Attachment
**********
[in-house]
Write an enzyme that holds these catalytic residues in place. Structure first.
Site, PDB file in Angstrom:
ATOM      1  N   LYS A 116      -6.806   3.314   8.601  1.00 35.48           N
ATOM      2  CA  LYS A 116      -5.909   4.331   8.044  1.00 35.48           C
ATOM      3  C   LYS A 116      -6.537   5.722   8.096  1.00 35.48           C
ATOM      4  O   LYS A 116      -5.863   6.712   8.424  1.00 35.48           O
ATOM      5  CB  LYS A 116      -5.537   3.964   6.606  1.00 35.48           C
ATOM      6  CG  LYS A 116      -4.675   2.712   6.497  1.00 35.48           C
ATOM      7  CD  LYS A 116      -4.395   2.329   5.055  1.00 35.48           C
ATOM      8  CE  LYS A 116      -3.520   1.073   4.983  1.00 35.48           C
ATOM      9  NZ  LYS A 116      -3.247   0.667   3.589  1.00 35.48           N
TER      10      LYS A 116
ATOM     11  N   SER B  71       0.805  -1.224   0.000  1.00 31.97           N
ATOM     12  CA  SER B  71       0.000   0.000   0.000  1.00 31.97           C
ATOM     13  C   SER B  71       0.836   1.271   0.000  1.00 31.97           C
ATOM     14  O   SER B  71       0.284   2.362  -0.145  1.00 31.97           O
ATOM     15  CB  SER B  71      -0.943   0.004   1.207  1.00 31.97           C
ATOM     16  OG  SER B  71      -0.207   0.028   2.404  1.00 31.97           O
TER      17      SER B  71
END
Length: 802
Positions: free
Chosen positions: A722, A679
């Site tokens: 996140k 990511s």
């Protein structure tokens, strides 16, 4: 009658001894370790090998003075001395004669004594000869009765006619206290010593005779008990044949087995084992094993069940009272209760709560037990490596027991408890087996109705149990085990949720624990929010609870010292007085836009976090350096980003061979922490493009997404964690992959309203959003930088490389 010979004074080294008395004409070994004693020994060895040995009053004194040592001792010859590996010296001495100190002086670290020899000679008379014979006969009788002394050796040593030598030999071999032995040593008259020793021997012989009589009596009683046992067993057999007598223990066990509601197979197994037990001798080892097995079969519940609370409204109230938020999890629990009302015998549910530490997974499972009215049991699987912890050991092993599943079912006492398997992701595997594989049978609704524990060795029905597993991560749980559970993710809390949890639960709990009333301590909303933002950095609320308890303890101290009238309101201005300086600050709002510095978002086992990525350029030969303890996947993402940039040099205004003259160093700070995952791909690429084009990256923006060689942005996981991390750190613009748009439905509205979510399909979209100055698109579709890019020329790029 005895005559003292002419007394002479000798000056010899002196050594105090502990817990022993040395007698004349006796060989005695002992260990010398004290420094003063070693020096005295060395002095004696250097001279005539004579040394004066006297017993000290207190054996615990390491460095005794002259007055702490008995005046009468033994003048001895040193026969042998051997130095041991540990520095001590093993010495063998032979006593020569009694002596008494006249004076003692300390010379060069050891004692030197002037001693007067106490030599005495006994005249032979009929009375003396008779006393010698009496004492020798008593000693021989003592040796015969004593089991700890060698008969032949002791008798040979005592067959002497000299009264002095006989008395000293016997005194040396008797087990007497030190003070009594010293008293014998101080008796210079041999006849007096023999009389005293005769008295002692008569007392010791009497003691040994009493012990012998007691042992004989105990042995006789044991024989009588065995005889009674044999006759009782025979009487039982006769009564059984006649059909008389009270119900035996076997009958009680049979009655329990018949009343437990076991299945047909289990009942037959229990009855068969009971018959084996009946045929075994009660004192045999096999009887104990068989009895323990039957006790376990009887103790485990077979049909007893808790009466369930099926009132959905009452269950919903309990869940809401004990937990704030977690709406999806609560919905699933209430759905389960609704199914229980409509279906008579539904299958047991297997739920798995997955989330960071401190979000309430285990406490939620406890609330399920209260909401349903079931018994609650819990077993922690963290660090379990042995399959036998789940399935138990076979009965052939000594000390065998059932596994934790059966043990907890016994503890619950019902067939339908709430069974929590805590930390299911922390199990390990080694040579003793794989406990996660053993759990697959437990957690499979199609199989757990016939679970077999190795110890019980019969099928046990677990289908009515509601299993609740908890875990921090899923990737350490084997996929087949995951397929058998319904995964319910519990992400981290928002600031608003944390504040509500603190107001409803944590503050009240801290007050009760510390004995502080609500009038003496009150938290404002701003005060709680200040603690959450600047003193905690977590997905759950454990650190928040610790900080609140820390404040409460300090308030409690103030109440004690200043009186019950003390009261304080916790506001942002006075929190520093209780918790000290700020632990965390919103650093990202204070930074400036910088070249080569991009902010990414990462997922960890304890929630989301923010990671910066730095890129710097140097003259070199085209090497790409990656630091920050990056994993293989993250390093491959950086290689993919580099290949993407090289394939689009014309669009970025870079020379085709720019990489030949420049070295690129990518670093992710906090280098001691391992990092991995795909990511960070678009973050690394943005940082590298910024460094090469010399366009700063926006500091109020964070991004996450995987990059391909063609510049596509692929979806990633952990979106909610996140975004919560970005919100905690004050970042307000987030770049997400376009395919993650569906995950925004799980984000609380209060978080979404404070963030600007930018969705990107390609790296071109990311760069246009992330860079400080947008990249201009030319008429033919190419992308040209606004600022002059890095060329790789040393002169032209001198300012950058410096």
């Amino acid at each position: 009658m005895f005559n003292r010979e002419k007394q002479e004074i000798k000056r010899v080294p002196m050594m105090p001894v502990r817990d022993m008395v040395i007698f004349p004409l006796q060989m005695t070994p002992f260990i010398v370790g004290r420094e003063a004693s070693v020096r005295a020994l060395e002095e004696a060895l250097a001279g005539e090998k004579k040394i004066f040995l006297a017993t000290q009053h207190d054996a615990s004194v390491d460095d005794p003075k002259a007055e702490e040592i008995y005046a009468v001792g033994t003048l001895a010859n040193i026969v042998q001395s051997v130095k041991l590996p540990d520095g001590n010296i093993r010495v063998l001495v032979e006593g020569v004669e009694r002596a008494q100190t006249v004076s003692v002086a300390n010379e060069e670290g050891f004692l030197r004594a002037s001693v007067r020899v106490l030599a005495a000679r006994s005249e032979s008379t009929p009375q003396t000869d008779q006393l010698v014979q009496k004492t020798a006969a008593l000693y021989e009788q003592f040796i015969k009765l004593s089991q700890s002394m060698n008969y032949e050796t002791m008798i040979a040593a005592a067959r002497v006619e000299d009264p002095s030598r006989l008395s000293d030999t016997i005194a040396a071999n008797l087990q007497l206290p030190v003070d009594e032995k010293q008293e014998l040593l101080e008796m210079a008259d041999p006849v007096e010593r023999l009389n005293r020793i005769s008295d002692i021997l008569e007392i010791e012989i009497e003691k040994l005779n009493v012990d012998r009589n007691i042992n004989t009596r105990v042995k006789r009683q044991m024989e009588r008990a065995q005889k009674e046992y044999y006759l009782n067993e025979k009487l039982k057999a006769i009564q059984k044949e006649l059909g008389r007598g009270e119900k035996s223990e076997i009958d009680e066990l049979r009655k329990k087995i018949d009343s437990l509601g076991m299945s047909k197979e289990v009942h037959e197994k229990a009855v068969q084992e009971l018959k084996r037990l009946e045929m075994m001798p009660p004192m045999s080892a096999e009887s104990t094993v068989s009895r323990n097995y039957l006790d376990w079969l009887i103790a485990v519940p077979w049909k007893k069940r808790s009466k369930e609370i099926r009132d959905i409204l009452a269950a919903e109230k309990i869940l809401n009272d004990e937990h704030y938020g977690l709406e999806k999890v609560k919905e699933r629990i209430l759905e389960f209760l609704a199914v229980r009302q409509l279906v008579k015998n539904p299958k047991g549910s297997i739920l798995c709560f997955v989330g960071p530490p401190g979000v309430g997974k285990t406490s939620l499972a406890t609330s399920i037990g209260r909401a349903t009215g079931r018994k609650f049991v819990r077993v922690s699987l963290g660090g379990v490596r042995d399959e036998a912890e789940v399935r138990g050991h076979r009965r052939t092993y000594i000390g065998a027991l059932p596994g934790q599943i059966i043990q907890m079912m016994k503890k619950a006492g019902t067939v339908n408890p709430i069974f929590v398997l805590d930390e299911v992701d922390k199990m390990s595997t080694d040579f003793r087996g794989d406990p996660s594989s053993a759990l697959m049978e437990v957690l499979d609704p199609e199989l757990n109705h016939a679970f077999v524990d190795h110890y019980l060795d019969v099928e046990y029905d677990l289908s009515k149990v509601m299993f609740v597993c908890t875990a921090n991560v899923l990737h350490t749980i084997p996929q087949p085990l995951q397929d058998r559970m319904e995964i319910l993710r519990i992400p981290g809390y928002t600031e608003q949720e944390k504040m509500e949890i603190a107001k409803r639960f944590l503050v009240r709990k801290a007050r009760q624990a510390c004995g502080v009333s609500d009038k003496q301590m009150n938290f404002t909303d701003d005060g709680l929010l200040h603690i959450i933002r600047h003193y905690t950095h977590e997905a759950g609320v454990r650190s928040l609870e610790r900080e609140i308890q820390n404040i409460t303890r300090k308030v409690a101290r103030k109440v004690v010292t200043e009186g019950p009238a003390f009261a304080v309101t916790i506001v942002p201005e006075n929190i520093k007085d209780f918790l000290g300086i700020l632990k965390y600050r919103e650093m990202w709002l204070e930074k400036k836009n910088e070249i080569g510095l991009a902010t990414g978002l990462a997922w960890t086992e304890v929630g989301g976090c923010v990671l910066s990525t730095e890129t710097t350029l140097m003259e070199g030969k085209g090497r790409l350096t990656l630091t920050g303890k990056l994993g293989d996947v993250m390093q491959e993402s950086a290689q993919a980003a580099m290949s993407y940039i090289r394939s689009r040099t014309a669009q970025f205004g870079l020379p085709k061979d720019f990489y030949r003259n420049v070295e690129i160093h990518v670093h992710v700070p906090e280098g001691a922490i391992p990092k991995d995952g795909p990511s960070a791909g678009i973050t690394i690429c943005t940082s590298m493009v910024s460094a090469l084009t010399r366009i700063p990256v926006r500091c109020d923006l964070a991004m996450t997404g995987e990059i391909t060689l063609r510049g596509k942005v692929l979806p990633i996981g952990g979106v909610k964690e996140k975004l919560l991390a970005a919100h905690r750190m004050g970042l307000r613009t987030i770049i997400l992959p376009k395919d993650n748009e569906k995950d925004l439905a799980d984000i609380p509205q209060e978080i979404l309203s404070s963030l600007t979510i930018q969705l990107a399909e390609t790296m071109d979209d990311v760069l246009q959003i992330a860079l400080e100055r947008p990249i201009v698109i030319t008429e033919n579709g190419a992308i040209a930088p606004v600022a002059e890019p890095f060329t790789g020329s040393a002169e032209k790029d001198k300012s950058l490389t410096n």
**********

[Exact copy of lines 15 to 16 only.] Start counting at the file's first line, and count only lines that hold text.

ATOM     12  CA  SER B  71       0.000   0.000   0.000  1.00 31.97           C
ATOM     13  C   SER B  71       0.836   1.271   0.000  1.00 31.97           C